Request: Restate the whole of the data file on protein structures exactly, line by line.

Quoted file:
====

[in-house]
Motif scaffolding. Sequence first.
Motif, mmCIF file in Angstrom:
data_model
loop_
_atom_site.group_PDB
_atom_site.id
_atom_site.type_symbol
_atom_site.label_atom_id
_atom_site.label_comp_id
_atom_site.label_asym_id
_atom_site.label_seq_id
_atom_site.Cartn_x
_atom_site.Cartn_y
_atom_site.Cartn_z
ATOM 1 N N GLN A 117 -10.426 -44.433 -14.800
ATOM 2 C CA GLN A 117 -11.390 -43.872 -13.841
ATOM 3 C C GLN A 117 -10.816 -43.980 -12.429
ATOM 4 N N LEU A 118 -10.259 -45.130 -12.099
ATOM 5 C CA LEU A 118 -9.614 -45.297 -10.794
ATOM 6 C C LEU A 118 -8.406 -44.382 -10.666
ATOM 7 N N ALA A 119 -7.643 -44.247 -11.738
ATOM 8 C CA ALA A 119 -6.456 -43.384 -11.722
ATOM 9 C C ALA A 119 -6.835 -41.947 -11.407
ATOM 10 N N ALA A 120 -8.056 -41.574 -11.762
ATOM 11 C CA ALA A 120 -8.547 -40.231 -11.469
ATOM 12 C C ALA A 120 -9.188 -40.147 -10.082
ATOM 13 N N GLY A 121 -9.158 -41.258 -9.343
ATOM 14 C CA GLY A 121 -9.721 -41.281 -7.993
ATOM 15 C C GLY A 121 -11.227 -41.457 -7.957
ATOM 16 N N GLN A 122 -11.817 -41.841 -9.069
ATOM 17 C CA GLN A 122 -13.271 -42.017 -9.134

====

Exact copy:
[in-house]
Motif scaffolding. Sequence first.
Motif, mmCIF file in Angstrom:
data_model
loop_
_atom_site.group_PDB
_atom_site.id
_atom_site.type_symbol
_atom_site.label_atom_id
_atom_site.label_comp_id
_atom_site.label_asym_id
_atom_site.label_seq_id
_atom_site.Cartn_x
_atom_site.Cartn_y
_atom_site.Cartn_z
ATOM 1 N N GLN A 117 -10.426 -44.433 -14.800
ATOM 2 C CA GLN A 117 -11.390 -43.872 -13.841
ATOM 3 C C GLN A 117 -10.816 -43.980 -12.429
ATOM 4 N N LEU A 118 -10.259 -45.130 -12.099
ATOM 5 C CA LEU A 118 -9.614 -45.297 -10.794
ATOM 6 C C LEU A 118 -8.406 -44.382 -10.666
ATOM 7 N N ALA A 119 -7.643 -44.247 -11.738
ATOM 8 C CA ALA A 119 -6.456 -43.384 -11.722
ATOM 9 C C ALA A 119 -6.835 -41.947 -11.407
ATOM 10 N N ALA A 120 -8.056 -41.574 -11.762
ATOM 11 C CA ALA A 120 -8.547 -40.231 -11.469
ATOM 12 C C ALA A 120 -9.188 -40.147 -10.082
ATOM 13 N N GLY A 121 -9.158 -41.258 -9.343
ATOM 14 C CA GLY A 121 -9.721 -41.281 -7.993
ATOM 15 C C GLY A 121 -11.227 -41.457 -7.957
ATOM 16 N N GLN A 122 -11.817 -41.841 -9.069
ATOM 17 C CA GLN A 122 -13.271 -42.017 -9.134